One of things that challenged me at this time was not only the conclusions about matters of antiquity by scholars outside the Church, but conclusions by many scholars in the Church, both those in academic as well as leadership positions. I found that many of their arguments defending traditional positions of the Church regarding antiquity were flawed: i.e., they were generally not rigorous and were sometimes illogical and ignored or misinterpreted significant evidence. I sensed that some of this scholarship was written more for public relations purposes than for the advancement of knowledge. It seemed to be trying to buy time with intellectual side-tracking so that a better defense could perhaps be found and made. As I decided to persevere in my studies I was persuaded, intellectually and spiritually, that I needed to be honest with the evidence. Whatever I did, I needed to give the evidence an honest hearing and discussion and when necessary let my analysis of it go in directions that might not be entirely traditional. This did not mean that, at this time, I had concluded that the Book of Mormon and other ancient scriptures of Joseph Smith were not ancient. Far from it! Indeed, with this recommitment to careful study I also renewed my commitment to defend the antiquity of Joseph Smith’s scriptures by this study.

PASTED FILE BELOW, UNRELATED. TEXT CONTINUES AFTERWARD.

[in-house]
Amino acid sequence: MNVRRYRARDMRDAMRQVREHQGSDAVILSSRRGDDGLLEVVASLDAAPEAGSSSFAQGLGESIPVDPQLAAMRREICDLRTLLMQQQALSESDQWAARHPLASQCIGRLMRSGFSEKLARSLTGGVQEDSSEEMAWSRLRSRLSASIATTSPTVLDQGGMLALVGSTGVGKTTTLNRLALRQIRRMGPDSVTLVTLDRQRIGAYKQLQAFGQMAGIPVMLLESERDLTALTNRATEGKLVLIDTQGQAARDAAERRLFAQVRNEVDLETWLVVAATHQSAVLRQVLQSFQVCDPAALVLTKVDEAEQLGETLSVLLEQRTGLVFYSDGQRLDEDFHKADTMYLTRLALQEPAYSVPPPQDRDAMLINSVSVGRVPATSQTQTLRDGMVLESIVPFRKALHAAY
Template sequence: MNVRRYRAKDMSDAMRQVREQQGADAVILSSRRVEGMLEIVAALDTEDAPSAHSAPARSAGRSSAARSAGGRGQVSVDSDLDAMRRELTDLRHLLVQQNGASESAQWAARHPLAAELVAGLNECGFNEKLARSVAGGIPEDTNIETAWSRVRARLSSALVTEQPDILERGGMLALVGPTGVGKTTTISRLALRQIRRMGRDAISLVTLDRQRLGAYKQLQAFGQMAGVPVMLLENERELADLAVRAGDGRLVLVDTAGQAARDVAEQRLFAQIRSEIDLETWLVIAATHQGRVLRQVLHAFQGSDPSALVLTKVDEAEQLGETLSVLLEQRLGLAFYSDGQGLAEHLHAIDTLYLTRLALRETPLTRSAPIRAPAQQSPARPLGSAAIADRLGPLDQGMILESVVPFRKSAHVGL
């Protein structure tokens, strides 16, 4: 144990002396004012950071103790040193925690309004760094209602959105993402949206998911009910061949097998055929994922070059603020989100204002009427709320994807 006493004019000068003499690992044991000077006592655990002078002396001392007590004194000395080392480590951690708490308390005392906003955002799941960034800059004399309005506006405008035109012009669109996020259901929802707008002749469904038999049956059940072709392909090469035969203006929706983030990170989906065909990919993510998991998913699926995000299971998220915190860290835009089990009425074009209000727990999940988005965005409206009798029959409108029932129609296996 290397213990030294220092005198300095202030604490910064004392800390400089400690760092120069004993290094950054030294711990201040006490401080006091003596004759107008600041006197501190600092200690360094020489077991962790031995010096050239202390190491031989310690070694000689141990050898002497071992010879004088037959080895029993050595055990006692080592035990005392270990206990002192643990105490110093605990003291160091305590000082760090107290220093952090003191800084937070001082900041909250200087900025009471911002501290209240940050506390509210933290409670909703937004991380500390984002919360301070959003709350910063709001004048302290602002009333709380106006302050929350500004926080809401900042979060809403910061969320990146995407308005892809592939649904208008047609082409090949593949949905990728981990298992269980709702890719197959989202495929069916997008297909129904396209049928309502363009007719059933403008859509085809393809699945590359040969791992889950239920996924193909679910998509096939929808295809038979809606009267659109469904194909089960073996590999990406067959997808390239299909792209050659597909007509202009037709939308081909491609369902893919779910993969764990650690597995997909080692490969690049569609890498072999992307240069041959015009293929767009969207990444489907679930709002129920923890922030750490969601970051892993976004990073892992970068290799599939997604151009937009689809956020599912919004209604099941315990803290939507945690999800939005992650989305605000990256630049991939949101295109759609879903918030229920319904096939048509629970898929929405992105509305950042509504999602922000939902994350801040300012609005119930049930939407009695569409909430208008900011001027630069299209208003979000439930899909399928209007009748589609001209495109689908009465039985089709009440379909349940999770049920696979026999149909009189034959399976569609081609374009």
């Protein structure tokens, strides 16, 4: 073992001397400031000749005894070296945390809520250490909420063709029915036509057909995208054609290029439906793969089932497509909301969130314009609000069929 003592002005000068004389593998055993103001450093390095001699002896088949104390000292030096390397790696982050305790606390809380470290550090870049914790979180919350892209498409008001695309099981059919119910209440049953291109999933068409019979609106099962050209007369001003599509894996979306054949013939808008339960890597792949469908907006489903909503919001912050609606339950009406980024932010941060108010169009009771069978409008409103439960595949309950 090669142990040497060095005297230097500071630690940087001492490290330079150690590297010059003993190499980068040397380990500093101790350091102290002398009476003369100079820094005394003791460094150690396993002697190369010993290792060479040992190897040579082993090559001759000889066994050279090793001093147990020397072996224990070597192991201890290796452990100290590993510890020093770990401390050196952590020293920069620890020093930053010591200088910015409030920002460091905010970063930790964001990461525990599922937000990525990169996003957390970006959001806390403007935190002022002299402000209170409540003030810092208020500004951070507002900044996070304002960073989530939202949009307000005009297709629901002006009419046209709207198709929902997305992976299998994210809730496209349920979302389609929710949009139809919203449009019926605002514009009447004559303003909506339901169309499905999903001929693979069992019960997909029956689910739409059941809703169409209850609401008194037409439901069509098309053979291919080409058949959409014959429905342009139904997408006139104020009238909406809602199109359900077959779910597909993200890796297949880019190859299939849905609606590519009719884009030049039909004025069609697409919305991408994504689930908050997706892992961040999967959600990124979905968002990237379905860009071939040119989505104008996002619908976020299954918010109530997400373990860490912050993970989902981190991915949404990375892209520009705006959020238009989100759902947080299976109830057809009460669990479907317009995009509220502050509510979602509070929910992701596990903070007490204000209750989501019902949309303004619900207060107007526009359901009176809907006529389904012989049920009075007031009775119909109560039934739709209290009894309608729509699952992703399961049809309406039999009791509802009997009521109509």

With my renewed energies I entered the graduate program in Near Eastern Studies at the University of California, Berkeley. I eventually came to choose the Hebrew Bible as my focus because of my religious interests. My present views about the Book of Mormon and Joseph Smith’s other ancient scriptures came very slowly over the course of my graduate career and despite my desire to see the evidence go the other way. I did not want to admit that these texts were not what Joseph Smith and modern prophets claimed they were. I struggled by doing research and writing papers to myself defending the antiquity of Joseph Smith’s scriptures. I read new publications by Hugh Nibley and other defenders of the traditional view; and I reread, sometimes several times, the work they had already published. The more I read and studied, however, the more the severe weaknesses of traditional defenses became apparent and the stronger the arguments for seeing these texts as the nineteenth century compositions of Joseph Smith grew. My investigation was not simply an intellectual matter. I spent many hours in prayer pleading for guidance to find other evidence and for new perspectives about troubling evidence. This prayer buoyed my belief in the scriptural worth of the books, but it never provided refutation of the evidence nor did it weaken its logical effect.